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The College of St. Scholastica

Fifty years ago, Sister Mary Odile Cahoon, OSB, Ph.D. and Dr. Mary Alice McWhinnie of DePaul University traveled to Antarctica and conducted research there for nine months. Starting their journey in January 1974, they became the first American women scientists to winter over on the world’s southernmost continent.

Photo of McMurdo StationPart of the United States Antarctic Research Program, their research project, entitled “Metabolic Studies of Cold Resistance of Invertebrates and Fish in Antarctic Waters,” studied temperature adaptation and the metabolism of Crustacea and was funded by the National Science Foundation. Working through 80-below Fahrenheit weather and 24 hours of darkness with a team of ten other scientists and 128 Navy men, Sister “Mary O.” took to the isolation from the rest of the world well, keeping busy with research and exploring the area around McMurdo Base.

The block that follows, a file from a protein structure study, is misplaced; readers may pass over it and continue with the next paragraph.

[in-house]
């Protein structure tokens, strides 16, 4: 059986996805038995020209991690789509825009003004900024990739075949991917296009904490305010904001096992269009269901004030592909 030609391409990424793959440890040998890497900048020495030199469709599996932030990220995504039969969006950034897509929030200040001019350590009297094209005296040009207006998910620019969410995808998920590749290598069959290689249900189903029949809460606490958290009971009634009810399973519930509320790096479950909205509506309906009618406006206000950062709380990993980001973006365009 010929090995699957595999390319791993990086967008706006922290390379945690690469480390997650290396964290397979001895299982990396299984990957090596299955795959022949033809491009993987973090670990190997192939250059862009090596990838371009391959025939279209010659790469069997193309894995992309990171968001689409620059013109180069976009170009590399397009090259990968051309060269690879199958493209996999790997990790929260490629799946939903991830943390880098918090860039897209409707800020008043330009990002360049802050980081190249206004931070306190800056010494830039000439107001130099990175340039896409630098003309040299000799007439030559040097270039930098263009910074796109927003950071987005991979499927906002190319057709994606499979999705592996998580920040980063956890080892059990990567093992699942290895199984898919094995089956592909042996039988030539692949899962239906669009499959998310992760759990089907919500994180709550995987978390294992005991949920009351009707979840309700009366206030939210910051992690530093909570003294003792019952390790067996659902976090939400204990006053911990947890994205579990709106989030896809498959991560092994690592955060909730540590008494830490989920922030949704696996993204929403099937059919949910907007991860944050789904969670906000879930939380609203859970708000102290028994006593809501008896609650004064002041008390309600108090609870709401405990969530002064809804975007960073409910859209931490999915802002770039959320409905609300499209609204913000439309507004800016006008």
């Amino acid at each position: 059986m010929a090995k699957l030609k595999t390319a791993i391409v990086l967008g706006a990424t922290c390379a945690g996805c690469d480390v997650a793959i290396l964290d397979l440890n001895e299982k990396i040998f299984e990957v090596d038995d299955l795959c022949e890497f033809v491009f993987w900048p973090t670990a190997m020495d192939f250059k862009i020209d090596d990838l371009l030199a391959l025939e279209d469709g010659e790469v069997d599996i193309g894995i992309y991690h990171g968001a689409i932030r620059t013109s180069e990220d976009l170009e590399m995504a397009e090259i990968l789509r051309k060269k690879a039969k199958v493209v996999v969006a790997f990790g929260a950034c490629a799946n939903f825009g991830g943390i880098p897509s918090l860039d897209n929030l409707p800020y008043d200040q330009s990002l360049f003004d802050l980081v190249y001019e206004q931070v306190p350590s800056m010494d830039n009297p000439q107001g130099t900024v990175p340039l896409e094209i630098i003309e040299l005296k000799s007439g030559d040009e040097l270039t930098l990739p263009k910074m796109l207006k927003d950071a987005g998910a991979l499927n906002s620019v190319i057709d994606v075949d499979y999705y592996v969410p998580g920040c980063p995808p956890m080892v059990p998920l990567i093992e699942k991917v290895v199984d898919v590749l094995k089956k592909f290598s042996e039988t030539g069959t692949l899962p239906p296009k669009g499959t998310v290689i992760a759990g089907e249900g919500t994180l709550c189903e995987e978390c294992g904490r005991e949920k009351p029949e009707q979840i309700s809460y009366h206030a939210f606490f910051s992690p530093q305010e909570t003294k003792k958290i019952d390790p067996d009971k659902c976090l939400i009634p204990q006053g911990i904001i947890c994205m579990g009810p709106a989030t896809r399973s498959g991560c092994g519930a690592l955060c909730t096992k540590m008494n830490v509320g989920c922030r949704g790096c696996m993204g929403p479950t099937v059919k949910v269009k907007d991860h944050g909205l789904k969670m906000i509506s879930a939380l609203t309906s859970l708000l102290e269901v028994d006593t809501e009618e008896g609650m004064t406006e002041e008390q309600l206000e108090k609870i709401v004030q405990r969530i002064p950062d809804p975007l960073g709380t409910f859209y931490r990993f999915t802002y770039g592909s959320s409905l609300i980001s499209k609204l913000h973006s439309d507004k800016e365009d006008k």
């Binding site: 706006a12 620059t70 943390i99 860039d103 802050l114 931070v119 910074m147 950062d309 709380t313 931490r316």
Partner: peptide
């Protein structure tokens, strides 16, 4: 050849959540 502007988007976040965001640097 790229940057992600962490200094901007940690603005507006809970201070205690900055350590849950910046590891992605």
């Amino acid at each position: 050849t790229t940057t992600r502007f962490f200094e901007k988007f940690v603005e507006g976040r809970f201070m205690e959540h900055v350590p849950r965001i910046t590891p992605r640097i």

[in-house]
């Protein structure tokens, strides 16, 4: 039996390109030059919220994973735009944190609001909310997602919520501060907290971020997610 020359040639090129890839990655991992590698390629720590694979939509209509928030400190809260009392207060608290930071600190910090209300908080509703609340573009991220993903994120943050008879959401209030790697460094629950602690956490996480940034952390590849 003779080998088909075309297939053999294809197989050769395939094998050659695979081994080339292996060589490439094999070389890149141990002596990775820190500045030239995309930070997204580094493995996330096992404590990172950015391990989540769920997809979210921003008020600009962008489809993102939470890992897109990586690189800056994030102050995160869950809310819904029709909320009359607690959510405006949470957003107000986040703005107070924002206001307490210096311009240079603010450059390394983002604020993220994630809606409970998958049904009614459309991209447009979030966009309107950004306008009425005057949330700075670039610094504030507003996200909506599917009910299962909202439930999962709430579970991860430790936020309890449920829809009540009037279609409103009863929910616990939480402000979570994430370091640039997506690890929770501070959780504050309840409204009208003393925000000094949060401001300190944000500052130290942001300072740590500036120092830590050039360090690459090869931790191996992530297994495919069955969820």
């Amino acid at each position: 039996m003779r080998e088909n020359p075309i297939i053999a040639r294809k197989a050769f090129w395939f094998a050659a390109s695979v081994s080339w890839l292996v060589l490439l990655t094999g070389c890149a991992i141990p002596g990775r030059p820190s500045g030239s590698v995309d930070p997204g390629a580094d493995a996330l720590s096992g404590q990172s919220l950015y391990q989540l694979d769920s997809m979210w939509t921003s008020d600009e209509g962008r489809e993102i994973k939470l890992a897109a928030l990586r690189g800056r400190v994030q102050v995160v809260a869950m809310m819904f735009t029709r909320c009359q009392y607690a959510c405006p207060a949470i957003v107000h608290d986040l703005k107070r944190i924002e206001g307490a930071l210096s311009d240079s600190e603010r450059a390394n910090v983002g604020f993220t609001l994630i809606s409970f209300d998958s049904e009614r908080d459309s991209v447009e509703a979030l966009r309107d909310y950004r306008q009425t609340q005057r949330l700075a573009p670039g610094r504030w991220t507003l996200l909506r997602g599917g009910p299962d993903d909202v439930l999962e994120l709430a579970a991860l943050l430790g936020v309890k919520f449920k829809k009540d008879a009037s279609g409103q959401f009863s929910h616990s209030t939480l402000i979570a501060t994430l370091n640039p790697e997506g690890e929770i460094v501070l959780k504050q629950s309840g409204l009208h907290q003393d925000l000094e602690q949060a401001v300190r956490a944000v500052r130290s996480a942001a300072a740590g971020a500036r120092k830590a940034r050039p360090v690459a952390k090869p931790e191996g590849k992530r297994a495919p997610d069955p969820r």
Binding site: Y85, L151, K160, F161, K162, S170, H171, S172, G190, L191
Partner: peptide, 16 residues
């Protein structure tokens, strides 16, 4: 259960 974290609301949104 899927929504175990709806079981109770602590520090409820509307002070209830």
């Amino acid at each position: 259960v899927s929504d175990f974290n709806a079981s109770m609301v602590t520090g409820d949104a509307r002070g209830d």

Adventures beyond Antarctica

Along with her historic winter in Antarctica, Sister Mary O. was a biology professor at the College. She researched and founded the Ireland in the Spring program in Louisburgh, County Mayo, in 1979, the College’s first study abroad offering, serving as its director for 25 years.

Over the course of her illustrious career, Sister Mary Odile ably filled many administrator roles, including chair of the biology department, academic dean, chair of the Natural Science Division, vice-president and academic dean and senior vice-president. Sister Mary Odile made her monastic profession as a Benedictine Sister at St. Scholastica Monastery in 1951 and passed away in 2011.

Sr. Mary Odile Cahoon at her desk in the biolab at McMurdo Station, Antarctica
Sr. Mary Odile Cahoon at her desk in the biolab at McMurdo Station, Antarctica.
Photo by Dennis Schenborn, 1974